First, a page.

Law enforcement track cellphones without warrants. "Warrant-less search"
Rob Houglum. We the People Monday, April 23, 2012
In Aug 2011 the ACLU issued public records requests to over 380 state and local law enforcement agencies and discovered that almost all the departments that answered tracked cellphones, most without warrants.
The vast majority of the 200 agencies that responded engaged in some cellphone tracking. Only a few those said they regularly seek warrants and demonstrate probable cause before tracking phones, according to the ACLU report.
Most law enforcement agencies said they track telephones to analyze crimes, while others said they use tracking only in emergencies like a missing folks case. Only ten agencies asserted they never use telephone tracking.
Some law enforcement agencies provided enough documentation to paint a detailed image of cellphone tracking activities. For instance, Raleigh, North Carolina, tracks masses of telephones a year based on invoices from telephone corporations. In Wilson County, North Carolina, police obtain historical tracking data where it's "relevant and material" to a continuing enquiry, a standard the ACLU notes is lower than likely cause.
Police in Lincoln, Nebraska, get GPS location info on phones without demonstrating likely cause. GPS location data is rather more definite than cell tower location information, according to the ACLU.
Similarly, the ACLU points out that cellphone tracking has gotten so common that cellphone companies have manuals that explain to police what data the companies store, how much they bill for access to info and what's needed for police to access it.
However , some law enforcement agencies do seek warrants and possible cause before tracking mobile phones. Police in the County of Hawaii, Hawaii, Wichita, Kansas and Lexington, Kentucky, do look for a warrant and probable cause.
The ACLU says that if "police departments can protect both public safety and privacy by meeting the warrant and possible cause requirements, then surely other agencies can as well."
The civil liberties organisation argues that phone corporations have made transparency worse by concealing how long they store location data. As an example, Sprint keeps tracking records for as much as two years and ATT maintains records from July 2008, according to the U.S. Dept of Justice.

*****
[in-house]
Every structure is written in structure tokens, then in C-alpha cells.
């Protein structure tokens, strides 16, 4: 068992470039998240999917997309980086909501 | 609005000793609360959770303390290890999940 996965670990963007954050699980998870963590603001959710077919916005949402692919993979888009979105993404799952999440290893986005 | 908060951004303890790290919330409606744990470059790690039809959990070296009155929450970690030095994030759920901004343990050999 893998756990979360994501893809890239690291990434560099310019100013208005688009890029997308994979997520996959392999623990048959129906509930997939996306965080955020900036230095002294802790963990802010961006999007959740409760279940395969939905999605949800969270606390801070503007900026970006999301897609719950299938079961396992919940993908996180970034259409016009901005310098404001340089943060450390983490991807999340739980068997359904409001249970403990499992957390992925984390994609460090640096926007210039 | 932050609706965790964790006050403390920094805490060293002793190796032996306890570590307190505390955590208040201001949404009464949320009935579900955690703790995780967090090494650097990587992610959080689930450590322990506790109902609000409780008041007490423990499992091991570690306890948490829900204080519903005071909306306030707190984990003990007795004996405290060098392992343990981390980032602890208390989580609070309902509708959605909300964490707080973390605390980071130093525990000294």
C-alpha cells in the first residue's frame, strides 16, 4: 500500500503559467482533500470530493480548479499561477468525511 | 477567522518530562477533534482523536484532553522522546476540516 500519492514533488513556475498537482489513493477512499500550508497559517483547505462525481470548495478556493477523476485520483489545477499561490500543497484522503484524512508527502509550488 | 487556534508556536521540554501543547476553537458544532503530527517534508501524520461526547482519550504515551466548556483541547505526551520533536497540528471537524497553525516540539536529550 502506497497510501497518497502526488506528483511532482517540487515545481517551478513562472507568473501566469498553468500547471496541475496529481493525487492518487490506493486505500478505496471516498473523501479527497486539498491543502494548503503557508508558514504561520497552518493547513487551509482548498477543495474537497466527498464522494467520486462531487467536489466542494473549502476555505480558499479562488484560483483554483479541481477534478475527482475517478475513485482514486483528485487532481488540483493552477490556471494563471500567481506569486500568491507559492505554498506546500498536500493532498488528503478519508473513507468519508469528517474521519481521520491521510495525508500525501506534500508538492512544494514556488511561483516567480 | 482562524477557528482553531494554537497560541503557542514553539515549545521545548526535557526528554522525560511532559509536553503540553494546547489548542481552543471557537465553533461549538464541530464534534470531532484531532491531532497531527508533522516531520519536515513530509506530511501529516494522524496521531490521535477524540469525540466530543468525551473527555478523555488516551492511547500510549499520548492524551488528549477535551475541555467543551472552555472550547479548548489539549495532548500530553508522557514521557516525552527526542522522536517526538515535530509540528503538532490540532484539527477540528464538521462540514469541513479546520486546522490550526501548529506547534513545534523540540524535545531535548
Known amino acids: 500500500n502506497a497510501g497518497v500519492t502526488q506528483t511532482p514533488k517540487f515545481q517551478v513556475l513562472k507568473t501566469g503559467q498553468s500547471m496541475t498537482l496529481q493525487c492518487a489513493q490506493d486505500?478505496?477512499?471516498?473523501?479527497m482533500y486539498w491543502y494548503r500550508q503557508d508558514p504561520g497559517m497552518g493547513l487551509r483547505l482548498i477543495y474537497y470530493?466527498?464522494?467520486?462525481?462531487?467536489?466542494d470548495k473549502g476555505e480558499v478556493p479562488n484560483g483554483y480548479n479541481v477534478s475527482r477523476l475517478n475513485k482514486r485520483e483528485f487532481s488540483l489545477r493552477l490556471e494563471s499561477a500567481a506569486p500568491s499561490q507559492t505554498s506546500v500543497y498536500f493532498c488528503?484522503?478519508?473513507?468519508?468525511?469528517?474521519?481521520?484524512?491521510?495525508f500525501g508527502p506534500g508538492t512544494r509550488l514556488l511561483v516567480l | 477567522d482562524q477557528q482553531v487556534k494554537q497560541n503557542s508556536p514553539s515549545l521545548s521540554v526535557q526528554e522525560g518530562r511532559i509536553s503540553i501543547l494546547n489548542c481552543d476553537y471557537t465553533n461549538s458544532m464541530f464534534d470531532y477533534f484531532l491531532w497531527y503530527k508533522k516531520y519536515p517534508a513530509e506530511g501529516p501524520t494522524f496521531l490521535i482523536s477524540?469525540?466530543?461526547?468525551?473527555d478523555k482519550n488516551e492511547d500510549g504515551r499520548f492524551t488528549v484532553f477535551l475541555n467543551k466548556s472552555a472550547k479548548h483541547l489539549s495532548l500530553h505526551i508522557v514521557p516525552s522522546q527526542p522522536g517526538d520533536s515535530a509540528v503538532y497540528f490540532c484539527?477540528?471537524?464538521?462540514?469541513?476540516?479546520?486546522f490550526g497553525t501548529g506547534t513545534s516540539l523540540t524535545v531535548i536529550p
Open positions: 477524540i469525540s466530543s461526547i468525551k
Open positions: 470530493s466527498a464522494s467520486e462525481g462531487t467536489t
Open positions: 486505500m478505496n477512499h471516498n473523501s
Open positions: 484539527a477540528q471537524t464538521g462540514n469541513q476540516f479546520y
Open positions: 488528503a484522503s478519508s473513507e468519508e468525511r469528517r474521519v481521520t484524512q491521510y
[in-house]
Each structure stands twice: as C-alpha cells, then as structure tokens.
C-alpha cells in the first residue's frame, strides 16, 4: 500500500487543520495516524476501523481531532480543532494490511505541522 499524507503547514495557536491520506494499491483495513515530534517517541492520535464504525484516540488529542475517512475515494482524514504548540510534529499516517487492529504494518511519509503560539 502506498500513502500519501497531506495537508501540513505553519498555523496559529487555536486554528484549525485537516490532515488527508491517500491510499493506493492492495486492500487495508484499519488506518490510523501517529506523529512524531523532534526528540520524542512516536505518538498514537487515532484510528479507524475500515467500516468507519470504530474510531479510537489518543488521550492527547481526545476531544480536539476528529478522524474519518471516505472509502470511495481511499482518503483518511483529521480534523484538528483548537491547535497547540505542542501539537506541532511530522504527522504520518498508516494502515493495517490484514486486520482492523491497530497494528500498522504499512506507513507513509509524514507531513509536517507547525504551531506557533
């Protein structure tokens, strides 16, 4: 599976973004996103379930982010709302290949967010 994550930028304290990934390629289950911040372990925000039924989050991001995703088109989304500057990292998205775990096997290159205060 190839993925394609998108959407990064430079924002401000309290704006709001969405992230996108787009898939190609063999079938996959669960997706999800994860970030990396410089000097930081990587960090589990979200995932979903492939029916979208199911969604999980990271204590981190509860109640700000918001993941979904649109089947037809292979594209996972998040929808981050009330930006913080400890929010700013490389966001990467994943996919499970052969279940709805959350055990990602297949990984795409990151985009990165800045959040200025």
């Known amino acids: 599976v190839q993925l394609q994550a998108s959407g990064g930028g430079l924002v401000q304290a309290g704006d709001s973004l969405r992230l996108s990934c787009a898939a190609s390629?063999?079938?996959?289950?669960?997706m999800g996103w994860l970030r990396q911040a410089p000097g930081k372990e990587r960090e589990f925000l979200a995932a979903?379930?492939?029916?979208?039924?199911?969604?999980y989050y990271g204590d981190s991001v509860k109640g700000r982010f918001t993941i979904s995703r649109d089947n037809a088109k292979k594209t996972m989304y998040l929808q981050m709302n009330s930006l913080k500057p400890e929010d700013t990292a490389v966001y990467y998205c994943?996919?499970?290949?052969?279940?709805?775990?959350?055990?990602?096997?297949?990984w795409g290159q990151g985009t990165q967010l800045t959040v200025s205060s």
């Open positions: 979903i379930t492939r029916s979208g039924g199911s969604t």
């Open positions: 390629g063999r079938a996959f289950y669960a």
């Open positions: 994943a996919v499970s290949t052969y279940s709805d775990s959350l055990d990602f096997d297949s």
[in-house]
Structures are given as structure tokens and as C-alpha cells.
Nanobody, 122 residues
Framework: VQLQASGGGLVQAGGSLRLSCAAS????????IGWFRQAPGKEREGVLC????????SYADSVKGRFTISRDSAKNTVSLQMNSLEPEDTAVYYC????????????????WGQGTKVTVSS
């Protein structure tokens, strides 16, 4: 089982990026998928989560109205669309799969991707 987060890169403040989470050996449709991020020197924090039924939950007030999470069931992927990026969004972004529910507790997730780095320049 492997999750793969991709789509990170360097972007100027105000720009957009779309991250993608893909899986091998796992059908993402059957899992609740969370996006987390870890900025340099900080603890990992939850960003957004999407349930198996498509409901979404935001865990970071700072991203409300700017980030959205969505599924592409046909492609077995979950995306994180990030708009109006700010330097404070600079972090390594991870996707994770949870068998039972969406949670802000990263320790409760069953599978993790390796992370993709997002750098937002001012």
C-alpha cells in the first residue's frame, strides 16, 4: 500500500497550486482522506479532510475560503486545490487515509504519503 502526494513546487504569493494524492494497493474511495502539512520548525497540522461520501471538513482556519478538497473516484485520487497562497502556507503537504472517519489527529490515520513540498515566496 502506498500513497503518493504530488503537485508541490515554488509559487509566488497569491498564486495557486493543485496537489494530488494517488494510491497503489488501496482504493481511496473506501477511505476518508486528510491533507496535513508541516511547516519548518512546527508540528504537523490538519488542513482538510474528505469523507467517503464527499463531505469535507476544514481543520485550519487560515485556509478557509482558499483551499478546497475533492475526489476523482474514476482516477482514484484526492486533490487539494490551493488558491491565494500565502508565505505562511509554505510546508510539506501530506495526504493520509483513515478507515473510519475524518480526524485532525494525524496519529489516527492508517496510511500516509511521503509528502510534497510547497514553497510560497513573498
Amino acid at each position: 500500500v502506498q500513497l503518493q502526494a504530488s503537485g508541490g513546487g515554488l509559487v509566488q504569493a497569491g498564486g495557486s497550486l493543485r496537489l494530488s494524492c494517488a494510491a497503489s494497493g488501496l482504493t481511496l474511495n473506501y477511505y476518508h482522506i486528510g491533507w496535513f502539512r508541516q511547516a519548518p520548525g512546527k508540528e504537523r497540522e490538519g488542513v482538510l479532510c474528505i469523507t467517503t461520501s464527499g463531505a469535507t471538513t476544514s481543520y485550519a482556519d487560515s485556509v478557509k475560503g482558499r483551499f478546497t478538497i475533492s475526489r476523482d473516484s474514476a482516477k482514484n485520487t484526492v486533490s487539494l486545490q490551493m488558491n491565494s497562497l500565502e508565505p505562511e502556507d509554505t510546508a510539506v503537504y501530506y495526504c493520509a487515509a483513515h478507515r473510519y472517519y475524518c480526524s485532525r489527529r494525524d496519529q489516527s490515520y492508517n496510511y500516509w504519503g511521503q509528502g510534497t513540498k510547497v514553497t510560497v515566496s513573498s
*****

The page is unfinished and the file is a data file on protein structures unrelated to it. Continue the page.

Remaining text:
In an open letter to wireless carriers, the ACLU implores them to "stop customarily maintaining info about your customers' location history that you chance to collect as a side-product of how mobile technology works," and asks them to make public how information is being kept and give customers more control of how their information is employed.
The ACLU is not alone in its concern. Members of both chambers of Congress have introduced legislation that will require law enforcement agencies to obtain a warrant before tracking mobile phone information. The act, called the Geolocation Privacy and Surveillance ( GPS ) Act, has bipartisan support but hasn't yet moved out of council.
"Law enforcement, in my mind, has overstepped its bounds and thrown out plenty of our Fourth Modification rights," claimed Utah Republican Rep. Jason Chaffetz.
Another effort is being made by Vermont Democratic Sen. Patrick Leahy, to update the 1986 Electronic Communications Privacy Act ( ECPA ), which includes "a warrant requirement for real-time tracking, but not for historic location information."
"I assume the American public merits and expects a degree of personal privacy," announced Chaffetz. "We in The USA do not work on a presumption of guilt."
Tags: ACLU, GPS, Warrant-less search